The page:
We all know the benefits of having houseplants filling your rooms. They purify the air, can have mood-boosting effects and the very process of keeping them alive can be beneficial to your mental health too. So it is no surprise we are seeing a rising trend in indoor gardens. More than just a few potted plants aesthetically placed on shelves, but a full-on forest-like space, thriving indoors.
And designers and architects are getting more and more ingenious with how and where they create indoor gardens. They have squeezed them into unexpected spaces, made them a central part of the floor plan, and found clever ways around the lack of outdoor space by bringing full-grown plants and trees indoors.
We spoke with designers who are constantly looking for ways to bring the outdoors in in the most surprising of ways, and share tips on how you can (realistically) recreate these unexpected green spaces in your own home.
1. A jungle-like garden in a home office alcove
Alcoves can be such underused spaces, and we understand that when they are put to use their main job is storage. But if you want to add an indoor garden to your space, an alcove can be an ideal place for greenery to thrive and add something unexpected to a room.
In this broken-plan, apartment living room designed by YLab, the idea was to create an outdoor feel indoors. 'The project was a remodel of an apartment located in an old building in Barcelona’s Gracia district. The former 295 sq ft apartment was heavily partitioned with up to 6 rooms and gave off a dark appearance with almost no connection with the outdoor space,' explains Yolanda Yuste, partner at the studio.
'The new owners, a Norwegian couple in love with design and with the city of Barcelona, had understood the potential of its sunny inner courtyard covered with ivy vines, and chose to buy it as their holiday residence. They wanted to transform it into a bright and open space and create a semi-exterior garden to overcome the lack of an outdoor space.'
'We opted for two large facing custom built-in planters, in the same natural sandstone as the floor, contain a lush garden that can be taken care of even when the owners aren't around, thanks to the Gardena Smartwatering technology, totally concealed inside the planters.'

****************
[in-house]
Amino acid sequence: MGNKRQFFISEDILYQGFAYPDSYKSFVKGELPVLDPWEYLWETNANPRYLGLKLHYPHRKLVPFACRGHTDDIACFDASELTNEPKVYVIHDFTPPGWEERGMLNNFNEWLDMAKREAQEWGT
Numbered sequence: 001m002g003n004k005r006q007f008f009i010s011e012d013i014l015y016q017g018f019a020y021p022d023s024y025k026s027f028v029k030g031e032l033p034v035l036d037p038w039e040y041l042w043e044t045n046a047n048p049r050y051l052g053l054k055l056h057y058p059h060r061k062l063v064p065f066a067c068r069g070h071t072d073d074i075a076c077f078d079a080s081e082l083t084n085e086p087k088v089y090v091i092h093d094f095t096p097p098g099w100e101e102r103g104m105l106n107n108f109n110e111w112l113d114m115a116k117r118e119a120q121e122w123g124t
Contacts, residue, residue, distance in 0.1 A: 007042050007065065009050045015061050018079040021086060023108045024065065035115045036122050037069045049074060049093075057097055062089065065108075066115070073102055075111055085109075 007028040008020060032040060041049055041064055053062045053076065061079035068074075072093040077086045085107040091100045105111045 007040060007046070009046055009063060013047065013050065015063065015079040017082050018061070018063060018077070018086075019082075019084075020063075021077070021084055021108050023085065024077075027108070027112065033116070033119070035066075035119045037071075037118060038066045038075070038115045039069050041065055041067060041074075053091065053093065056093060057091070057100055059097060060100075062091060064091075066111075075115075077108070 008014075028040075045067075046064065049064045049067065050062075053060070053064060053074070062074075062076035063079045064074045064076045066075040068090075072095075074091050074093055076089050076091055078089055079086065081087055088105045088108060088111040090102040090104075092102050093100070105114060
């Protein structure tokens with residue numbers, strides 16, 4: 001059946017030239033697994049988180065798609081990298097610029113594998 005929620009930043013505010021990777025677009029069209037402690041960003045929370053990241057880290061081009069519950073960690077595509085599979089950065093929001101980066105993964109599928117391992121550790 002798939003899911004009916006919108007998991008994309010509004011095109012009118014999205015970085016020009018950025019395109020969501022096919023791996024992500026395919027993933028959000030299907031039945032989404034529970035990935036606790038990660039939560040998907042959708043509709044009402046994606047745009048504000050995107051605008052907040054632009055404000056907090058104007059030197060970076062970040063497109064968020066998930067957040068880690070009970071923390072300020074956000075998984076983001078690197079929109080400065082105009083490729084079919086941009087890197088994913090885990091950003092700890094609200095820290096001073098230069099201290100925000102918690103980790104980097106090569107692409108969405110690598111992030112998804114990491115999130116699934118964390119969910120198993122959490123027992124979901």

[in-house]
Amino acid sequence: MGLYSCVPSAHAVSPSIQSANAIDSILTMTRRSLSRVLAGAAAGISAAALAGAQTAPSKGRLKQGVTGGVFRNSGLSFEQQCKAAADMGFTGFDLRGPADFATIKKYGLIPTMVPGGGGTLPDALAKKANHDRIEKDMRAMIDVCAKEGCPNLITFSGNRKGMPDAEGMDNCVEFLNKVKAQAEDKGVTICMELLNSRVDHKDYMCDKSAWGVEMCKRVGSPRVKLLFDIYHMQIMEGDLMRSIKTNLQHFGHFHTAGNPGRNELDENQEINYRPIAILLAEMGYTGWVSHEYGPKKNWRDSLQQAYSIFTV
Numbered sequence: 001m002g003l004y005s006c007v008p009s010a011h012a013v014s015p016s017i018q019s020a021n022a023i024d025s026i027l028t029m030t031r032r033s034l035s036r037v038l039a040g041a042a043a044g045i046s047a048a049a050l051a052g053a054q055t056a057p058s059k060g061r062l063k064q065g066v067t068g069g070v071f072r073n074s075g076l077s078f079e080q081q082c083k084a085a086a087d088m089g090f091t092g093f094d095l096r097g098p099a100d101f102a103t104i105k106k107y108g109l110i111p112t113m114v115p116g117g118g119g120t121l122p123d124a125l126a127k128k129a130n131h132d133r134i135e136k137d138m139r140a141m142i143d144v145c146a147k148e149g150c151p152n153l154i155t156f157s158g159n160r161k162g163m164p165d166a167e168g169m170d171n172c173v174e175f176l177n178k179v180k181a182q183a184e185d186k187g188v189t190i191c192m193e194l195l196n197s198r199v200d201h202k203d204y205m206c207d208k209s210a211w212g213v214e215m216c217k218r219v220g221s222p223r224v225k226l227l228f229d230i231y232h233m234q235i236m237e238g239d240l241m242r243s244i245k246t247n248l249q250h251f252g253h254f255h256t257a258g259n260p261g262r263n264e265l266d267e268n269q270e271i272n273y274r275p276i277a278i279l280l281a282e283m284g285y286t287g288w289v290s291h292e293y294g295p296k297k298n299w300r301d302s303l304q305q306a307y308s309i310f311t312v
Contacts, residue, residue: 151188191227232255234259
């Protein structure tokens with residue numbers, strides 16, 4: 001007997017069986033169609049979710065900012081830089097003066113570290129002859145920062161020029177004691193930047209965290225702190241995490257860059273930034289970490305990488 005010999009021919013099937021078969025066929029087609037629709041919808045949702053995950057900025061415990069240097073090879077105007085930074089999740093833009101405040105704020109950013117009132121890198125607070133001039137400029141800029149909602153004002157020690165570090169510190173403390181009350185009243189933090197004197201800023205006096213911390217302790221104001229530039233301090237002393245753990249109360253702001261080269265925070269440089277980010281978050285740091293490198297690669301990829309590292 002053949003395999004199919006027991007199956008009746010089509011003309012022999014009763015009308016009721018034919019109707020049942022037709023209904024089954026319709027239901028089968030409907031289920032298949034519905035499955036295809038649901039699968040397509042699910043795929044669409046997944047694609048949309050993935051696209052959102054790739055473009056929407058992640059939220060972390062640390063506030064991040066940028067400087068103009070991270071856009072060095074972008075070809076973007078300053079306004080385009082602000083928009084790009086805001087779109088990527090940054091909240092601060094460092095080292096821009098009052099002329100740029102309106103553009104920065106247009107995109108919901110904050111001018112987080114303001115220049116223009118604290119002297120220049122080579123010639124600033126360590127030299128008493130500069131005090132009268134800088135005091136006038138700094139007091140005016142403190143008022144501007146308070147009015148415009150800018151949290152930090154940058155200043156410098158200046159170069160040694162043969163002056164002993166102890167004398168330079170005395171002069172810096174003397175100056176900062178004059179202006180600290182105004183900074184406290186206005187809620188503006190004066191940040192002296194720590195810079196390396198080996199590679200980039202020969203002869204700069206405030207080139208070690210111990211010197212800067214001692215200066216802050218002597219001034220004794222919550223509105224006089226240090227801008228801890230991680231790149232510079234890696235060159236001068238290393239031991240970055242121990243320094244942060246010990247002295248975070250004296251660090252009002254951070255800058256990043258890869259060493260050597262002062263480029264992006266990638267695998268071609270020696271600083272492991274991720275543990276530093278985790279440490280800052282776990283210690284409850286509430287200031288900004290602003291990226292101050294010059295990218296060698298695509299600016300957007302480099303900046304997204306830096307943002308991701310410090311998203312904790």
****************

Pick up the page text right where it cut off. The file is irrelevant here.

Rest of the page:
So despite the appearance of being a fully integrated indoor garden, you could actually quite easily recreate this look, which is transformative to the space. The key is with the planter matching the flooring so it blends in seamlessly. Our guide to what plants are best for a lush indoor garden will help, as will our edit of trending pots and planters.
2. A tree growing through an open plan home
Indoor trees are everywhere right now, the bigger and more impactful the better. But there's one thing having a tree in a pot to add some greenery to your living room, it's a whole different feel to have a tree growing through your home. It was this idea that was the starting point for this home designed by 07BEACH.
'The limited lot size made it difficult to have a garden, so I came up with this design, which is a courtyard-like space to be a part of the house,' explains Joe Chikamori, principal of the studio. 'At first, I started with a design in which the courtyard and the living room were separated by glass walls, but that made the courtyard and the living room feel tight, so I took the glass away and designed the living room and the courtyard to be completely coexistent.'
It's not a super straightforward job, Joe explained it took him a while before finding a gardener who would agree to help him create this setup, but it's not an impossible one. Joe says you just need to ensure you have the right amount of light and the right tree – Ficus Benjamin was his choice as it wouldn't outgrow the space and didn't need too much direct light.
If you want to slightly cheat the look, firstly it's about being bold with placement. So often indoor trees and houseplants get pushed to corners, but if you want to create a look that gives the impression of a tree growing in your home, pull it into the center of the room.